NHL goalie interference and how to whine about it

Milan Lucic was angry.

The Edmonton Oilers had just experienced an epic collapse against the Anaheim Ducks in Game 5 of their second-round series, giving up three goals with the Ducks’ net empty in the last four minutes of regulation, before losing in double-overtime by a 4-3 score.

The third goal of that rally was one of the most controversial of the playoffs, as Ryan Kesler of the Ducks was shoved into Oilers goalie Cam Talbot’s crease by defenseman Darnell Nurse, and then appeared to hold down Talbot’s leg with his glove before Rickard Rakell beat Talbot with 15 seconds left in the third period.

[Follow Puck Daddy on social media: Twitter | Instagram | Facebook | Tumblr]

“I mean, guy falls on the goalie and wraps his hand around the goalie’s pad. I don’t even know what goalie interference is anymore to be perfectly honest,” said Lucic, as visions of a former Boston Bruin driving through Ryan Miller of the Buffalo Sabres like a Mac truck danced through our collective memories.

It was hotly debated:

And hotly contested, by Milan Lucic.

“It’s an absolute joke, especially two really good referees can’t make the right call at the right time, especially when the guy has two, three seconds to get up off the ice and he has his hand wrapped around the goalie’s leg and the goalie can’t get up to make a save and it’s still a goal. It’s unbelievable,” he said.

“I have no idea anymore what goalie interference is. If someone knows, call me and tell me, because it’s a shame that we are where we are right now with a call like that.”

So you have no doubt, then, that this was goalie interference?

“NO DOUBT IN MY MIND,” he barked.

David Staples was angry.

The Cult of Hockey columnist for the Edmonton Journal no doubt echoed the sentiment of Oilers fans when he saw the Ducks’ third goal was allowed to stand.

Game 6 is really critical in a 2-2-1 series.

Todd McLellan wasn’t angry.

The Oilers coach was frustrated, and essentially said what Lucic said but in a minor key.

“Interference? You’re asking the wrong guy. I don’t know what interference is anymore,” he said. “Obviously, Kesler was pushed in. There’s no doubt about that. But we have a strong belief that he wrapped his arm around Talb’s leg.”

Here’s the thing for Lucic, McLellan and Oilers fans that think they were robbed by the NHL officials for a second-straight game:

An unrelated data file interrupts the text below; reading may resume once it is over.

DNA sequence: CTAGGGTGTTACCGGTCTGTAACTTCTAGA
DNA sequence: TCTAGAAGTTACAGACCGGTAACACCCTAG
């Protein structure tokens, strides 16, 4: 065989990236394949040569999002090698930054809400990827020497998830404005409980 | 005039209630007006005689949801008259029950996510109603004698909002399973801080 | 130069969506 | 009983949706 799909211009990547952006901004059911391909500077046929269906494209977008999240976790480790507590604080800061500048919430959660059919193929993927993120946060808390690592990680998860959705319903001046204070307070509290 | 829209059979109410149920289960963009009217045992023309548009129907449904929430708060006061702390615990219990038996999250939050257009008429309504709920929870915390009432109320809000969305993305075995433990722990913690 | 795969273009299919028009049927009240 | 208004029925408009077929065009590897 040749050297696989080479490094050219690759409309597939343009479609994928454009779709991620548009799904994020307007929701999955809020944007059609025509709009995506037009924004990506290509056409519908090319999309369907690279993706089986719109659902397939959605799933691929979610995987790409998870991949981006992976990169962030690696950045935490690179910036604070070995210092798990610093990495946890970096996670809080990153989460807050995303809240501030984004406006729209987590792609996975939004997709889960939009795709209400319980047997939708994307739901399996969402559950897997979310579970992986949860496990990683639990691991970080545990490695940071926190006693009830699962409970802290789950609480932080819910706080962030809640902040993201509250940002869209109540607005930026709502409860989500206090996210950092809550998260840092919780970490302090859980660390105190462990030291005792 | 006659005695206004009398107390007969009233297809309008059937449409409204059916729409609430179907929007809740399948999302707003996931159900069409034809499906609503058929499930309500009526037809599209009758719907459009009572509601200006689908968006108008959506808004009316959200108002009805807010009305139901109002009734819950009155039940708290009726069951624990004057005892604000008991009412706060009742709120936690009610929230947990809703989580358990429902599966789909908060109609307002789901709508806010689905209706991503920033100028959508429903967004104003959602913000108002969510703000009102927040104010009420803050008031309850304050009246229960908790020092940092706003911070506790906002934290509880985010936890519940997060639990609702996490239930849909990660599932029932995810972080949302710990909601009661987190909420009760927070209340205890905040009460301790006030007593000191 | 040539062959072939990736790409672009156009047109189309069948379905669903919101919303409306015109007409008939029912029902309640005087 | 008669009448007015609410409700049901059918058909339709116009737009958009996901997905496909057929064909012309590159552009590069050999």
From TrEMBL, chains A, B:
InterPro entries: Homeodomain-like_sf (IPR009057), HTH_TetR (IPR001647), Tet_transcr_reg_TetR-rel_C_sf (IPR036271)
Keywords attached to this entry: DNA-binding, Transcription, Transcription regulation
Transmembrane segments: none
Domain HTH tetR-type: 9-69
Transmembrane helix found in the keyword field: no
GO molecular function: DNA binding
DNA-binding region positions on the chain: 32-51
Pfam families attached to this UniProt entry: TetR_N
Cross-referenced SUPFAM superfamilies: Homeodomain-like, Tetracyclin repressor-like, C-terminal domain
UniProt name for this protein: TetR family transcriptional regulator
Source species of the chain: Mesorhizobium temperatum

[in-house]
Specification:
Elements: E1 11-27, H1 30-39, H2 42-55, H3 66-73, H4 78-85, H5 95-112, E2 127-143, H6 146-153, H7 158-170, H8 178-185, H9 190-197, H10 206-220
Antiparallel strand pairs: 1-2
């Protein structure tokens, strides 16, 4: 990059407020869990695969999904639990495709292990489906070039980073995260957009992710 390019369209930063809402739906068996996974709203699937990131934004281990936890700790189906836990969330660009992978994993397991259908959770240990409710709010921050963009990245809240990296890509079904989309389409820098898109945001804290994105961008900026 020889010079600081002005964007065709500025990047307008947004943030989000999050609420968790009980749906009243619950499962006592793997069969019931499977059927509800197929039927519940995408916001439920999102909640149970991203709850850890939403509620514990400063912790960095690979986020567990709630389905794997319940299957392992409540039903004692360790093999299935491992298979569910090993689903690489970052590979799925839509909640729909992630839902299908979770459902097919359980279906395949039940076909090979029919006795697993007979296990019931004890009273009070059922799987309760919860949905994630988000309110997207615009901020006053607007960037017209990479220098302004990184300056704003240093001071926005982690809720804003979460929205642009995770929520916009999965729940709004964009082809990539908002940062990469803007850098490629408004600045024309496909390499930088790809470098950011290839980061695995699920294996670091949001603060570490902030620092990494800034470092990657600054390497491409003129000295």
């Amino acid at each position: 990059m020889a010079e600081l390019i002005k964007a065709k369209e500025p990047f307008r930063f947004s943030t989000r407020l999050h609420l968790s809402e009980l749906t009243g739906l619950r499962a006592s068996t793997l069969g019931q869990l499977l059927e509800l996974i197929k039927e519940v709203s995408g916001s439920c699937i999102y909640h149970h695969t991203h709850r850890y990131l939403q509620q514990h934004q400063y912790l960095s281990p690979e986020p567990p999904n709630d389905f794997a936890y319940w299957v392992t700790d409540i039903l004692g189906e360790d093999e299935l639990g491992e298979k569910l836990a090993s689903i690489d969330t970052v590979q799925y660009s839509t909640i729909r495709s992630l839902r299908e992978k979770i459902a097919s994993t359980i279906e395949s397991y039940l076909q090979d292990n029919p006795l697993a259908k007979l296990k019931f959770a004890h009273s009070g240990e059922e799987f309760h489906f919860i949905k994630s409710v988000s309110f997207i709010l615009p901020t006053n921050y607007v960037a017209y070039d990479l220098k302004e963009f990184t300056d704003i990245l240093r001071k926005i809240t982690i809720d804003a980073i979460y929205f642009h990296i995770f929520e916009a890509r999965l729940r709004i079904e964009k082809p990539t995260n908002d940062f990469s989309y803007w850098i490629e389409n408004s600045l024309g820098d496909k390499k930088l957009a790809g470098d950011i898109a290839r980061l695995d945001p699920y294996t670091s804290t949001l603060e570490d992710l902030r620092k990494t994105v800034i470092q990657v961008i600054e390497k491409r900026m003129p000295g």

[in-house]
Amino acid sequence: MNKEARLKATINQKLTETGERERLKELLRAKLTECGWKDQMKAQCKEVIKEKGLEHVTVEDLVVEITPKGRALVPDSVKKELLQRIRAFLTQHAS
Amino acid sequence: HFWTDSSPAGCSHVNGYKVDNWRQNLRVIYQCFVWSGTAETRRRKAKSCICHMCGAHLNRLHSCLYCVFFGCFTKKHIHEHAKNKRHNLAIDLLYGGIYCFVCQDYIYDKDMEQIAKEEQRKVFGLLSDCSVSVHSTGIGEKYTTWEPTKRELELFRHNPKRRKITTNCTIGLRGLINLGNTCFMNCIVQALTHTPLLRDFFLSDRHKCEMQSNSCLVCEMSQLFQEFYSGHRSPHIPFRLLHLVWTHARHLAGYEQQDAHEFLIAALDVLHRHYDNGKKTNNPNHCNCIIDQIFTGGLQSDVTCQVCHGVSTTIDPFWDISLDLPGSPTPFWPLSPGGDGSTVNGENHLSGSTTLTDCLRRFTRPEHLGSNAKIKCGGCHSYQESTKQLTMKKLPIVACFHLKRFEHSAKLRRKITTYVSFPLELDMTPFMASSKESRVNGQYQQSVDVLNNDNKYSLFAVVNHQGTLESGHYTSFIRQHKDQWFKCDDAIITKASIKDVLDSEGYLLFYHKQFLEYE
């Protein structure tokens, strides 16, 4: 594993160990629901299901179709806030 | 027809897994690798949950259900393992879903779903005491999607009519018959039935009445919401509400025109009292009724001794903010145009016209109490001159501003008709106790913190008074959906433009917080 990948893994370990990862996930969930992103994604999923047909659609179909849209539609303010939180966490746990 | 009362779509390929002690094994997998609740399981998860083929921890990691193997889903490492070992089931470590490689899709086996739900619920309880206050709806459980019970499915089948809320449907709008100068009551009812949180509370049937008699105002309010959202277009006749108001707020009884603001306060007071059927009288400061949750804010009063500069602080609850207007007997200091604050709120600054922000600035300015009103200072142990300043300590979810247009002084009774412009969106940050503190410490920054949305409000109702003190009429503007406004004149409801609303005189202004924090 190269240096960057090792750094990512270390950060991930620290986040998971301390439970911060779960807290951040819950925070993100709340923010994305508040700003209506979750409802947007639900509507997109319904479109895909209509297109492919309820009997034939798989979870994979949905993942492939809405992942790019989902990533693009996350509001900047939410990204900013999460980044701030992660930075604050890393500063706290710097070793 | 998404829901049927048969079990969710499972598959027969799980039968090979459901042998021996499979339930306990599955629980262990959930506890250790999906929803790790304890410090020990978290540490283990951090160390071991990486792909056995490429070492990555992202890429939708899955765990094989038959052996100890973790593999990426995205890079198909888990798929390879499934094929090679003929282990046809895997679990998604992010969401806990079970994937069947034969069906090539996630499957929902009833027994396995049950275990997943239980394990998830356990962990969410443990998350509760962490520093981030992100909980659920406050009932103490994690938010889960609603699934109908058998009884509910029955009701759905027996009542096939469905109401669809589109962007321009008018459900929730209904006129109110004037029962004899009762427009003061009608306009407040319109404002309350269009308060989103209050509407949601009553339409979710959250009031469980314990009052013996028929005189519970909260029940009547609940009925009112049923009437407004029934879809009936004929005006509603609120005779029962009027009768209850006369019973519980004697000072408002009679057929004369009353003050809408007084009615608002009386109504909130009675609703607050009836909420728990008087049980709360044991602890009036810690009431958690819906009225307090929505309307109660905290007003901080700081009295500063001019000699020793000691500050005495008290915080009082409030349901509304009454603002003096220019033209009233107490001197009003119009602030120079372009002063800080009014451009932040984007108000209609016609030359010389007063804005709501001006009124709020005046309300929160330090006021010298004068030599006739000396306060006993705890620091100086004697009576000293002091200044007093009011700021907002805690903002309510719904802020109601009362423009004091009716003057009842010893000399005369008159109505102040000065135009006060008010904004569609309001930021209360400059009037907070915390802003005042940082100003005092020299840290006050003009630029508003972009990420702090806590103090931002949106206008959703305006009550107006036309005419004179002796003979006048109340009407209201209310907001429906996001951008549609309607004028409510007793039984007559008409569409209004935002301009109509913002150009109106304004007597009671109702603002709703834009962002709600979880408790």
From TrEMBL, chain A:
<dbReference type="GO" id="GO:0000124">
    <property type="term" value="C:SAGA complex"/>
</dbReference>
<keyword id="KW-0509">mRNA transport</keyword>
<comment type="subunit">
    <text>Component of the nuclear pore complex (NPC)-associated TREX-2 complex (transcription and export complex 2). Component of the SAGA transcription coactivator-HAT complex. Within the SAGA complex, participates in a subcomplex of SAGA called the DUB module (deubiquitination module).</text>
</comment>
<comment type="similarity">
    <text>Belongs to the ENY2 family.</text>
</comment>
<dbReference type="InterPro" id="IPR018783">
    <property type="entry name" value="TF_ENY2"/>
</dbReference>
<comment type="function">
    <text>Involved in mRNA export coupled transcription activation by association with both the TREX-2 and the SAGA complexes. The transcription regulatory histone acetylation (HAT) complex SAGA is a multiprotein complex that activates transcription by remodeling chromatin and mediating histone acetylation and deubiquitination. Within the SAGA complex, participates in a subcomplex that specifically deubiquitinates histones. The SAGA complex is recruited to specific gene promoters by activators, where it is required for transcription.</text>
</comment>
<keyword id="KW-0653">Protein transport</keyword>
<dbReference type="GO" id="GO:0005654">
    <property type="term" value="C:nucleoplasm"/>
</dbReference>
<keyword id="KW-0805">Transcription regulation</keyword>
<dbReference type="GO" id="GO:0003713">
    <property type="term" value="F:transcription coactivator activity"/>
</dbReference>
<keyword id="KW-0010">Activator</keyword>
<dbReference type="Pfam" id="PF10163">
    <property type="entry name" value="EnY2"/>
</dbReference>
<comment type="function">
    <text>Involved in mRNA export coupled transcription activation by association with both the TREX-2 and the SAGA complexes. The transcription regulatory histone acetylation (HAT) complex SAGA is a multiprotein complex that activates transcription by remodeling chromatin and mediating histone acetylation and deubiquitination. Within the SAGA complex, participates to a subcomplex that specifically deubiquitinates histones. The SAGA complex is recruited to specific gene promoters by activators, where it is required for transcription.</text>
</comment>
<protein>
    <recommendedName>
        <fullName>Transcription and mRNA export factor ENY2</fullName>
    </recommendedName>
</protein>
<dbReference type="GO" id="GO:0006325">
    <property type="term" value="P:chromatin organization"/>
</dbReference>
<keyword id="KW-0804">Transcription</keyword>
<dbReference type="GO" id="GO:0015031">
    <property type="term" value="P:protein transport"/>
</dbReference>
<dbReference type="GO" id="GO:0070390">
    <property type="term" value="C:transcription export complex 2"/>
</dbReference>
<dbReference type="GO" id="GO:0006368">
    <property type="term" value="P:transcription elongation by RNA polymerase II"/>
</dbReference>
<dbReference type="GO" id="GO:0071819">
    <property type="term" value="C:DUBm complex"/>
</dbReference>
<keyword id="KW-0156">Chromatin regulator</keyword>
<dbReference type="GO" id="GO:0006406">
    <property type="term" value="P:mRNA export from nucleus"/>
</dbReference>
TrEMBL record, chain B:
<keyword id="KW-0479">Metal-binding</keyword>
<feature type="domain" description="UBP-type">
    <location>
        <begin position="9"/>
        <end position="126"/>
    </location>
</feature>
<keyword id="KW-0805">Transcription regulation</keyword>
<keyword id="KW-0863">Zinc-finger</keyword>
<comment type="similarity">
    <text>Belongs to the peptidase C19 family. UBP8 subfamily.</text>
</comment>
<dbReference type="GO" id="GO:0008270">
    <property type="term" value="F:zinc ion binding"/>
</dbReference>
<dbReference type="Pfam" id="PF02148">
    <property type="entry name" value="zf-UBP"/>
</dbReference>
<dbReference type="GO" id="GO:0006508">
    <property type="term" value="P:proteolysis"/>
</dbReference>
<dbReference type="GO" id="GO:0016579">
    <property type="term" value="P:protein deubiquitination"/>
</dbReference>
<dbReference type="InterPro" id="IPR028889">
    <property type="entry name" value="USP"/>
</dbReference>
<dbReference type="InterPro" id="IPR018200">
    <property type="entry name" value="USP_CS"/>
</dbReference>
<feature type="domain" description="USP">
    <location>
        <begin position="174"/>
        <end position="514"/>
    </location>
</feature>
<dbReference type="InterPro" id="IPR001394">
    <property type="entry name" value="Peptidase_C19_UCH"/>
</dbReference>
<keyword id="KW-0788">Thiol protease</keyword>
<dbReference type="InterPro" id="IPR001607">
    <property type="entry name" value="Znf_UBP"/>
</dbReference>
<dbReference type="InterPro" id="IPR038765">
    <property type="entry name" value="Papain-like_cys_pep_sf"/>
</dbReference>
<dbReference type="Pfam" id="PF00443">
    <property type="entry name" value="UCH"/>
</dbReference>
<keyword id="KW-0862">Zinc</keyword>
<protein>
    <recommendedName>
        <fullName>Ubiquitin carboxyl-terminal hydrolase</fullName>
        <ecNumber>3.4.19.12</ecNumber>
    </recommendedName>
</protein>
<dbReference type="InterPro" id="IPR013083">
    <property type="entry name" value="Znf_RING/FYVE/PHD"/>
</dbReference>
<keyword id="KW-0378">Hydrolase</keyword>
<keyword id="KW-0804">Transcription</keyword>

We totally know what goalie interference is.

It’s right there, in Rule 69 (nice):

If an attacking player has been pushed, shoved, or fouled by a defending player so as to cause him to come into contact with the goalkeeper, such contact will not be deemed contact initiated by the attacking player for purposes of this rule, provided the attacking player has made a reasonable effort to avoid such contact.

As McLellan said, Kesler was shoved into Talbot. According to the current rules, that’s it. Full stop.

The rule doesn’t address when a player needs to leave the crease after having been pushed into it, or what the call is if that player holds down the goalie’s pad after he’s shoved on top of him. The current rulebook doesn’t address it. For all we know, Kesler could have taken out a shank and rapid-fire stabbed Talbot in the crease, and it wouldn’t be goalie interference. Although we imagine that’s a misconduct. Probably, like, for slashing.

(And frankly, that’s more of a Corey Perry move than Kesler.)

So we do know what goalie interference is in the NHL: a collection of standards that are subjectively open for League interpretation on a case-by-case basis, but that clearly don’t address what happened in Game 5. And if you want them to address what happened with Kesler, then the rulebook needs to be amended, which is what they do in the NHL: They have rules, something happens that’s not addressed in the rules, and then the GMs change the rules to reflect that.

(Except for that one time when Sean Avery waved his stick in front of Marty Brodeur and they, like, made up a rule on the spot in the playoffs.)

Peter Chiarelli wasn’t angry, either.

“I see two points of interference. One was caused by our player pushing him. The other was caused by their player, in my mind. So it was a difference in opinions,” he said on Saturday, via the Oilers.

Chiarelli was remorseful. Because the rules that he and his peers have established, including the coach’s challenge and video review, failed to help his team in two straight games.

“We, as GMs, have voted this stuff in,” he said. “We have a general framework. We’ve got incidental contact in the white. We’ve got incidental contact in the blue. We’ve got guys being pushed in. So we’ve set up criteria, the GMs have.”

In other words, an issue with goalie interference isn’t on Kesler or the referees or even NHL hockey operations. It’s on the rules themselves, and the general managers that have shaped them, including Chiarelli.

And now it’ll be on him to ensure this doesn’t happen again, should he chose to ask for further clarification on goalie interference. Which he should, because Ryan Kesler literally pinned down a goalie’s leg last night and that’s not a good look for hockey and pretty much sucked for Talbot.

Cam Talbot should have been angry, but he wasn’t.

He was angry when Corey Perry’s goalie interference wasn’t called on a critical Game 4 goal. He sounded dispirited when addressing the Kelser incident after a 60-save loss in Game 5, not only about the play but about the result.

“He has a chance to get up. It kinda looks like he digs in over my pad, makes it look like he’s holding on,” said Talbot, before dropping some much-needed reality into the raging debate.

“At the same time, we had a 3-0 lead with 3-and-a-half minutes to go.”

Greg Wyshynski is a writer for Yahoo Sports. Contact him at or find him on Twitter. His book, TAKE YOUR EYE OFF THE PUCK, is available on Amazon and wherever books are sold.